From education to business consulting, Rebecca Hawkins has been helping shape the sustainable tourism industry for almost twenty years. In this interview, Rebecca tells us how her Gran’s kitchen creativity helped alert her to the need to minimize waste and how a doctorate and a bit of luck launched her sustainable tourism career.
She also shares her experience helping PhD students become the sustainability leaders of tomorrow and how her organization, the Responsible Hospitality Partnership, helps companies use sustainable tourism strategies to create meaningful benefit to their business and the world in which they operate.
- The origins, mission and successes of the Responsible Hospitality Partnership;
- The true impact of food waste in the tourism industry and what businesses can do to minimize it;
- Where most businesses go wrong with regard to sustainability;
- Rebecca Hawkins’ advice to early career professionals in tourism.
Rebecca, when did you first become aware of the concept of sustainable tourism?
The foundations were probably laid by my Gran who, like so many of her generation, had a waste not want not ethos. She was a school cook and could make a meal out of almost anything. In her view, there was no excuse for wasting food (or anything else come to that). All that was needed was a bit of creativity and willing kitchen helpers (often her grandchildren) to cook up a storm.
College was the point at which I first came across ‘sustainability’ as something that people wrote books about (although most called it environmental management back then). I started college on a history course, but quickly discovered it wasn’t for me. I found myself in the environment section of the library one day. By chance, I picked up Silent Spring (Rachel Carson) and went from there to James Lovelock’s Gaia all in the same afternoon. And that was my light bulb moment. I realized that ‘sustainability’ wasn’t just a quirky lifestyle choice, but an academic discipline in its own right, underpinned by serious theoretical principles. I changed course and became absolutely passionate about “sustainability” as it applied to pretty much everything.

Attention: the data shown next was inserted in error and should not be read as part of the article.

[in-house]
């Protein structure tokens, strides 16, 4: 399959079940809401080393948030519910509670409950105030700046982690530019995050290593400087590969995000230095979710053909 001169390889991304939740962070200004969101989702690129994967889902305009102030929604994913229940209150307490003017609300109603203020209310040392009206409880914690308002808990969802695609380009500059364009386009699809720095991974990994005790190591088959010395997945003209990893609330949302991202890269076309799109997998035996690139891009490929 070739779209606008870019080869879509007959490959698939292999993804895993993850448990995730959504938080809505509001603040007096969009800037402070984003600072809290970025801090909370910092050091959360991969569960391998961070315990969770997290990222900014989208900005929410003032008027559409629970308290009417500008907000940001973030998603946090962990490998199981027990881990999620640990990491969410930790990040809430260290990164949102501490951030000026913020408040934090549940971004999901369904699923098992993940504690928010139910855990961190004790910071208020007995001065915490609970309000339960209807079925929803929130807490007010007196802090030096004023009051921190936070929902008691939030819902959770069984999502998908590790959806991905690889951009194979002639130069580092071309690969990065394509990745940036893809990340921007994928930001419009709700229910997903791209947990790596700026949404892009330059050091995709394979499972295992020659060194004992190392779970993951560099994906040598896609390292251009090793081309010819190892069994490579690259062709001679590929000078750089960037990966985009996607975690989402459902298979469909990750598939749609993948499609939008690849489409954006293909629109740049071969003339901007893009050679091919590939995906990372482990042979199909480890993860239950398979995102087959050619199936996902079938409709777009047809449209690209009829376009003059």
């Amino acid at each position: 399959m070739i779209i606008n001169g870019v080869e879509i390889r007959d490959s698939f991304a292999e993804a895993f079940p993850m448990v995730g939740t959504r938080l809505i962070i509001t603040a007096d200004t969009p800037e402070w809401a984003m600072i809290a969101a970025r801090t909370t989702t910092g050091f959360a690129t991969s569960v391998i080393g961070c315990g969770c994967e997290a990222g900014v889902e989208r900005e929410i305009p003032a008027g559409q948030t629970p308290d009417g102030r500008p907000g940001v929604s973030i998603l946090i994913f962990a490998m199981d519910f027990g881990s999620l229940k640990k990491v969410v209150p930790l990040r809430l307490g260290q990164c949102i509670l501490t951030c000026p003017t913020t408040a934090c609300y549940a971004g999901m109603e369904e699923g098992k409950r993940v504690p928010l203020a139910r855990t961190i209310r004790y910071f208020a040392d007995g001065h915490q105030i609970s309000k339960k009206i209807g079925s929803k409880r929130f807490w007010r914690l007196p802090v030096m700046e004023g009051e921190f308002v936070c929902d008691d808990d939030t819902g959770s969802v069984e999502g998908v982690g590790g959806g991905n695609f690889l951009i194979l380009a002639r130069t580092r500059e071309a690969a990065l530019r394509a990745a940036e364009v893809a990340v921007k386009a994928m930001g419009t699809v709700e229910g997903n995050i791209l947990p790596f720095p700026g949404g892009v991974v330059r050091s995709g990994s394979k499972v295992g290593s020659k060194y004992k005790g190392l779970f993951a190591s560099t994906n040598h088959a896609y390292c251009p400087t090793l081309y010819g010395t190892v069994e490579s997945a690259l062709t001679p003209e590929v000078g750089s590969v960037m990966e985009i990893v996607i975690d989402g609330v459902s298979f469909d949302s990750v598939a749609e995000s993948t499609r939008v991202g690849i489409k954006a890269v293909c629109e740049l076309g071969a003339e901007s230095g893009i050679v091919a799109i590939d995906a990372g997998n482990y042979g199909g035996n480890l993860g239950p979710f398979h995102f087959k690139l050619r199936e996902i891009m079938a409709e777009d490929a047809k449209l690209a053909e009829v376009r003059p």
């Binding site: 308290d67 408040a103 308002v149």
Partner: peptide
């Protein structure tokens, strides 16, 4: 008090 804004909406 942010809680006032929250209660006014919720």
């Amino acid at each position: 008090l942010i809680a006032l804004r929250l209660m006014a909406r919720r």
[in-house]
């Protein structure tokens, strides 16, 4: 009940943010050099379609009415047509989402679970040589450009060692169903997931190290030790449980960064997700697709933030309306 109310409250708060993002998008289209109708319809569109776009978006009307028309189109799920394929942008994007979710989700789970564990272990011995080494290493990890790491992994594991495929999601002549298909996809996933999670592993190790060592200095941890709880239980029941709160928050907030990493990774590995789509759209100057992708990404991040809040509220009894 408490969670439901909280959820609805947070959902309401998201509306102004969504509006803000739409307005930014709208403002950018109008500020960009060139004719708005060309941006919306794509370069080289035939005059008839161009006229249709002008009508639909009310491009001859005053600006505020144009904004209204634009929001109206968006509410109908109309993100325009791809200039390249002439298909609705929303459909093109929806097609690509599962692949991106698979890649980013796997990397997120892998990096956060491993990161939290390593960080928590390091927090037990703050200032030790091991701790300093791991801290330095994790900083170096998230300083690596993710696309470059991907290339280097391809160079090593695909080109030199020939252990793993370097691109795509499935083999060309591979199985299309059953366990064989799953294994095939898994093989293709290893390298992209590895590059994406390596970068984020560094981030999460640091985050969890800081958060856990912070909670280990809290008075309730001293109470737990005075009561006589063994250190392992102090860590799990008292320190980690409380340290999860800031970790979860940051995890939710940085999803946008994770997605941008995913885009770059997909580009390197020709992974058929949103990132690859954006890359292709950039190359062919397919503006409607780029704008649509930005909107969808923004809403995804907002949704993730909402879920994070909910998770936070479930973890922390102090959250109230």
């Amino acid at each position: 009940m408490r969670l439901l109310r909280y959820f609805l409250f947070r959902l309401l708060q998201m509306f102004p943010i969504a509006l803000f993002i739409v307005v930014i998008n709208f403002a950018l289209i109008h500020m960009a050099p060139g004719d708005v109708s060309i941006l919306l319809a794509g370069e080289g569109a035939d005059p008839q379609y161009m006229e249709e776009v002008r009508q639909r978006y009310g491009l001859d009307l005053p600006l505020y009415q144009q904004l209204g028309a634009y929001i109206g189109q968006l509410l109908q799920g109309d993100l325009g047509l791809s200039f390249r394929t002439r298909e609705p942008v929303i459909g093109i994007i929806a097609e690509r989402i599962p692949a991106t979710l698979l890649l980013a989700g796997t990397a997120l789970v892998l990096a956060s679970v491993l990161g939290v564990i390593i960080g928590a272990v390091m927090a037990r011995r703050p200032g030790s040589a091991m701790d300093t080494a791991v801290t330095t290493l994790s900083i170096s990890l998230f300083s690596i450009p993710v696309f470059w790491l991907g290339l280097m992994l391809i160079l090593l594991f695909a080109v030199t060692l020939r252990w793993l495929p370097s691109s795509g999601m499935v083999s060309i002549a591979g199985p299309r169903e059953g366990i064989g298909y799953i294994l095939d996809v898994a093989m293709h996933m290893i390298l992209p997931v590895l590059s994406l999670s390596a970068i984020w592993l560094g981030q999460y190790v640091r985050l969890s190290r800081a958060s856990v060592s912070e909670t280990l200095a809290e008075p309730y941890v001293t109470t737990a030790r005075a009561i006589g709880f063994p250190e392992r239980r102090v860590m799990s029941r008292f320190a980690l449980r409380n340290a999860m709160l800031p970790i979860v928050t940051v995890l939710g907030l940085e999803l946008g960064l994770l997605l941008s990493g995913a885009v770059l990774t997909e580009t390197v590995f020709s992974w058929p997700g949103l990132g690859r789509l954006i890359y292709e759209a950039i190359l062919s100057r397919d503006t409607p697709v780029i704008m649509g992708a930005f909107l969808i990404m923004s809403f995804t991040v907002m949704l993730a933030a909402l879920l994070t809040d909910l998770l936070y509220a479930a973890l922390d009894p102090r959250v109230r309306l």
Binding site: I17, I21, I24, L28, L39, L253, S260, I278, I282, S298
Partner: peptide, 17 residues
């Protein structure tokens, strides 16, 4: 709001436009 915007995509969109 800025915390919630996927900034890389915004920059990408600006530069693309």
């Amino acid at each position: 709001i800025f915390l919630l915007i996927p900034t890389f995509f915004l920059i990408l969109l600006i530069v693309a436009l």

Post college, my early jobs were in tourism and hospitality (I have always loved travel). I ended up landing a contract as Research Assistant at Bournemouth University and this involved writing a PhD. This gave me the freedom to really examine the environmental and social impacts of tourism just as sustainable tourism was starting to emerge on the policy agenda. It also gave me a great grounding in implementing a research proposal (I learned as much from the failures as successes). In fact, I often claim that writing my PhD was the single most important factor in forming my career.
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